Nights and Weekends


Drama / Romance

Rotten Tomatoes Critics - Certified Fresh 85%
Rotten Tomatoes Audience - Spilled 51%
IMDb Rating 6 10 1277

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Uploaded By: FREEMAN
November 16, 2020 at 04:44 AM



Greta Gerwig as Mattie
Jay Duplass as James' brother
Joe Swanberg as James / Mattie's boyfriend
Lynn Shelton as Mattie's sister
720p.WEB 1080p.WEB
726.8 MB
English 2.0
23.976 fps
1 hr 19 min
P/S 1 / 3
1.32 GB
English 2.0
23.976 fps
1 hr 19 min
P/S 1 / 4

Movie Reviews

Reviewed by CaligulaAzrael 4 / 10

Leads to nowhere

This is first mumblecore I've seen and I must say that I don't know why some people are so excited about it. Swanberg's movie is just a compilation of less or more boring scenes in which director and his star, Great Gerwig are talking, laying in bed, trying to make love and so on, so on. It's not that the whole thing is bad - it just leads to nowhere. There is no plot, there is no hidden message. The acting is quite good, especially Gerwig is doing nice job in here - she's very natural and has her own charm. Also photography and editing are better than I expected, being aware of that the film is practically non-budget. So - technically work is made unobjectionable, but the rest - the plot, tension, action - it just doesn't exist in this one. Maybe for few viewers it's kind of art. Not for me.

Reviewed by rddj05 3 / 10

Infantilism Takes Over

Though Swanberg's previous film "LOL", was not the most visually stunning, it was creative, and I found it quite interesting simply because it had something to say about how we relate to one another in this day and age. This film seems to want to say something as well, but the immature, whiny, uninteresting way the characters say it, has started to become a staple of the Mumblecore movement (to see the most blatant example of this, see "The Puffy Chair"...actually, don't).

The majority of these films been festival darlings and been fairly well-received by critics. This is mostly due to the fact that many of the films have been able to strip away the traditional Hollywood artifice from their characters and allow them to exhibit some honest behavior, no matter how awkward. However, you get the sense that these middle-class, white, 20-somethings need something to fill their time besides thoughts of their own neuroses and navel-gazing.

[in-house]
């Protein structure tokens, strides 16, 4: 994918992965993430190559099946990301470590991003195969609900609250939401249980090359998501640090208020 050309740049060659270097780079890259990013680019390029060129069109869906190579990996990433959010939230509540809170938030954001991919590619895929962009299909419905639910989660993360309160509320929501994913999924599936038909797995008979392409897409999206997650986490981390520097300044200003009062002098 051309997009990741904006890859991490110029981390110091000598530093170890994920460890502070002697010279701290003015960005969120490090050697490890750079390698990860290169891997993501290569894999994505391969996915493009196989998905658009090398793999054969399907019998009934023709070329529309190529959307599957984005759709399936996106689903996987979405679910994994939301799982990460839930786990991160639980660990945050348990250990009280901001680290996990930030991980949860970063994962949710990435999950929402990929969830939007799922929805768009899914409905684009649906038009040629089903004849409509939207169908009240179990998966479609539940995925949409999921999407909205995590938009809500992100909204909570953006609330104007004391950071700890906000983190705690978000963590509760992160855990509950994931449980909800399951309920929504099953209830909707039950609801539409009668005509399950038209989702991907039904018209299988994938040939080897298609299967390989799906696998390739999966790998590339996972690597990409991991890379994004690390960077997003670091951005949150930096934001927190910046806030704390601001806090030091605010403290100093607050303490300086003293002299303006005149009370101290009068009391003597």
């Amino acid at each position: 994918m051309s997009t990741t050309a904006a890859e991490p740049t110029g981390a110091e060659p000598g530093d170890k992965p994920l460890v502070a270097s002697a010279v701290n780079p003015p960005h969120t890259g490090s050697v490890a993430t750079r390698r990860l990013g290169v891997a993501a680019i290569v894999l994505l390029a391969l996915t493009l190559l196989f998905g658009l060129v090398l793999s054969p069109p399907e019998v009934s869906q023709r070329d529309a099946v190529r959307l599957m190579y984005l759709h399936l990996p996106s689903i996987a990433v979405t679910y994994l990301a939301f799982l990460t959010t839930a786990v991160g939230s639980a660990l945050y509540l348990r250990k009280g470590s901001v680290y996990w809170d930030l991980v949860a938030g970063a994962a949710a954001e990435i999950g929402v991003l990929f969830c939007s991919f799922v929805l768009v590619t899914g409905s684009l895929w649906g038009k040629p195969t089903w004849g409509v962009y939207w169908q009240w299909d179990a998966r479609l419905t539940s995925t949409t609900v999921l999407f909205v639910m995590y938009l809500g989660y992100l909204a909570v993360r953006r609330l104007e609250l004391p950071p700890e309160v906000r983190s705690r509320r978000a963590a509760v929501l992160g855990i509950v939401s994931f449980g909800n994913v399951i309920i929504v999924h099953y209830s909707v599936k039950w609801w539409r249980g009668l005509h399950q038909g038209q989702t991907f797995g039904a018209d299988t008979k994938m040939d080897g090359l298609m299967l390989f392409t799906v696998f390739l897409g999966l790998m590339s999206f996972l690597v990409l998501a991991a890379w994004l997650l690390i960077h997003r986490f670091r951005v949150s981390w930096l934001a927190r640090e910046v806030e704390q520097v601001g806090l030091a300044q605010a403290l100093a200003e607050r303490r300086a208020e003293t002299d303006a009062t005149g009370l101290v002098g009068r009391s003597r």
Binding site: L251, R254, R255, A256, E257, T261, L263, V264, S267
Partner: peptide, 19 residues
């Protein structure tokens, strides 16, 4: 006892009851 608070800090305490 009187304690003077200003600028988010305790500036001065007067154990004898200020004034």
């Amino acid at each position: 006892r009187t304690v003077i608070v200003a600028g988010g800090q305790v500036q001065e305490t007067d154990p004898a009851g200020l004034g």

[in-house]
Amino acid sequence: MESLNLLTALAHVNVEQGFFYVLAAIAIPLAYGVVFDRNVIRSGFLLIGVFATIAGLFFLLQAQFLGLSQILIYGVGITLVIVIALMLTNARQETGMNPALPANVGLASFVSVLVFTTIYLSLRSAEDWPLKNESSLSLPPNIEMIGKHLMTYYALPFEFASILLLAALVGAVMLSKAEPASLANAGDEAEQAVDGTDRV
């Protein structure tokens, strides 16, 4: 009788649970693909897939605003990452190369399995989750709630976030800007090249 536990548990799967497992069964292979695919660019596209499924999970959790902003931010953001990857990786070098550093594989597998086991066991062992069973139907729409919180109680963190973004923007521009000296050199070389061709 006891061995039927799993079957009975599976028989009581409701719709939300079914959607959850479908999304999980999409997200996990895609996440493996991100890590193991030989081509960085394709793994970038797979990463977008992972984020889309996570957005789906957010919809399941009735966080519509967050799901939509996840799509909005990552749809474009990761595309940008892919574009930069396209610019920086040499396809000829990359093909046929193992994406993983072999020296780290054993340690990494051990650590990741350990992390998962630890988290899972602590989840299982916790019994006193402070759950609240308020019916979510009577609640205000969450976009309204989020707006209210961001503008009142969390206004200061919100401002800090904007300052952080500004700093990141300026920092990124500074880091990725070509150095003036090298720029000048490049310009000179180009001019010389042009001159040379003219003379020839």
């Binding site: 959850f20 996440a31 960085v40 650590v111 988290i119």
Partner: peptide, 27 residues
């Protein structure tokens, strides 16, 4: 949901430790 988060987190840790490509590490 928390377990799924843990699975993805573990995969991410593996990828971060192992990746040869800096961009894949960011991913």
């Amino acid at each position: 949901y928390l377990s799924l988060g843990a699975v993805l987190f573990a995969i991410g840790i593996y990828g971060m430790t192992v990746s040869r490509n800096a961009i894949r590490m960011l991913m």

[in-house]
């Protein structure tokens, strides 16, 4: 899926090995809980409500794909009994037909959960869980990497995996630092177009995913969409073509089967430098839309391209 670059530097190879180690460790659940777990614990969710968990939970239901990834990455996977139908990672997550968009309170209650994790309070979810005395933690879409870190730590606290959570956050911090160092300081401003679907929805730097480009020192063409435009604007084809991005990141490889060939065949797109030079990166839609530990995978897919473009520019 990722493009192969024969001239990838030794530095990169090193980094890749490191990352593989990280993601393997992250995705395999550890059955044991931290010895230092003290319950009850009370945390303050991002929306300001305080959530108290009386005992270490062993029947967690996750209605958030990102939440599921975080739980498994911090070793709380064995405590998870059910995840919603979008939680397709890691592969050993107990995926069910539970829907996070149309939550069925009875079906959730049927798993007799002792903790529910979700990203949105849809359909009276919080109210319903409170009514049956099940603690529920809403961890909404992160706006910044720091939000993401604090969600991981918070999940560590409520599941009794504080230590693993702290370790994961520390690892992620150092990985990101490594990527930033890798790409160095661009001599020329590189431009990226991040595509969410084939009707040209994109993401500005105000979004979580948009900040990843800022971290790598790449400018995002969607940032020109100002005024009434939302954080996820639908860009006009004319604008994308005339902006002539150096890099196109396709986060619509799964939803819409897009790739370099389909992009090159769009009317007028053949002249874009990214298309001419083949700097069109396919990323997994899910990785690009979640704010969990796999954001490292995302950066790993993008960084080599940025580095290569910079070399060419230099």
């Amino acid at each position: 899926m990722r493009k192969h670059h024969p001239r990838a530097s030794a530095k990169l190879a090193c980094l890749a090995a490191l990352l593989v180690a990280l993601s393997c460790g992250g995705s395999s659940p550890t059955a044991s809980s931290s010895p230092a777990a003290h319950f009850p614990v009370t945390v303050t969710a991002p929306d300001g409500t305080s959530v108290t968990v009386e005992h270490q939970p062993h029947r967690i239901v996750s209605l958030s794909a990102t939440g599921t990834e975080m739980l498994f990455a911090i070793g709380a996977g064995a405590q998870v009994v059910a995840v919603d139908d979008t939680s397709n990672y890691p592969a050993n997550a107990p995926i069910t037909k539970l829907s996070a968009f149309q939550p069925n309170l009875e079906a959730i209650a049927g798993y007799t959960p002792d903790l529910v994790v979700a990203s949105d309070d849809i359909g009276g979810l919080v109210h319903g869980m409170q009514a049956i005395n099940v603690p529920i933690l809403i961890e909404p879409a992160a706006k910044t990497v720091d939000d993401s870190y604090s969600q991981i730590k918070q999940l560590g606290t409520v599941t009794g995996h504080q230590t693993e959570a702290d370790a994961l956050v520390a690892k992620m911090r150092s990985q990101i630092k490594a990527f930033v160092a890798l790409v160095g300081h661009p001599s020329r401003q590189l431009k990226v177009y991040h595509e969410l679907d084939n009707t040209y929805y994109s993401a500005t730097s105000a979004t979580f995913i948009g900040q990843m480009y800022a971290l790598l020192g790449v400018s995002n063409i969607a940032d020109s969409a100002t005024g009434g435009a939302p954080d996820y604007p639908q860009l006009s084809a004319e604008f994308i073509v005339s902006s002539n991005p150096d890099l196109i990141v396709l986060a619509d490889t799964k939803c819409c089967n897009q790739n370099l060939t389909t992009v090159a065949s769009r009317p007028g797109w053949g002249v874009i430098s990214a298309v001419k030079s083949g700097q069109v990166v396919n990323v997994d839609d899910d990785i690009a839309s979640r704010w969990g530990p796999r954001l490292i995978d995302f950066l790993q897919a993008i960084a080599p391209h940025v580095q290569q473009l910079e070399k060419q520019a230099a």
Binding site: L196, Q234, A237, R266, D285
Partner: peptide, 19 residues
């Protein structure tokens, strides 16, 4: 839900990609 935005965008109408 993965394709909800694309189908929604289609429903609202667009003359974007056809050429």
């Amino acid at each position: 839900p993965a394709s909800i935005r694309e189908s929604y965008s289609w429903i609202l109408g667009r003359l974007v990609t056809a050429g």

The allure of these films for many viewers is that the people on screen are "just like me", and the situations are "just like what happened to me yesterday". This could be interesting if only there were actually something at stake.

The NY Times review summed it up better than I can, when it stated, "The problem with the movie is that James and Mattie exhibit little but shallow, infantile neurosis, with next to no hint of a complex — or even legible — inner life."

Reviewed by Chris Knipp 8 / 10

Mumblecore with Ken and Barbie

The name itself of this school of film-making, "mumblecore," is so despised, the Voice writer, Nick Pinkerton, refused to use it in reviewing this movie and substituted "postgraduate naturalism." That, too, is a put-down ; it suggests mature work is yet to come. But I think maybe we should take this stuff on its own merits and give it credit for being expressive and representative and something new and different, even if it pales in comparison to great cinema. What doesn't? Yes, it's youthful, and in some ways unambitious. Isn't that an expression of the zeitgeist? It is valid in its own way and this is a good example of it, unlike others.

'Night and Weekends' purports to depict in a naturalistic but highly selective style a year and a half of the long-distance relationship of a semi-fictional 20-something couple. They are James and Mattie, and they are played by the filmmakers, Joe Swanberg and Greta Gerwig, respectively.

Reading reviews of this movie when you're wondering if you want to see it can be horrifying. Some of the notices are favorable and even affectionate, but the many that aren't are absolutely excoriating. One enters the auditorium with grave doubts. But in hindsight it's almost encouraging the way the critics attack the protagonists as people, finding them jejune, self-absorbed, uninteresting, etc. Whether that means Swanberg and Gerwig have put it across--or only that nobody believes in the fiction that they're being anyone but just themselves--may not even mater. But such reactions show how difficult it is for some to judge such a film. 'Nights and Weekends' is neither documentary nor fiction, nor yet quite a clever blending of the two. There's hardly much detachment when two filmmakers are shooting themselves up close almost exclusively in relation to each other. They're guilty of intimacy, even if it's staged. They're guilty of taking a long look at themselves, even though they scarcely know who they are. But where this movie succeeds is in evanescent moments of raw, scarcely defined feeling.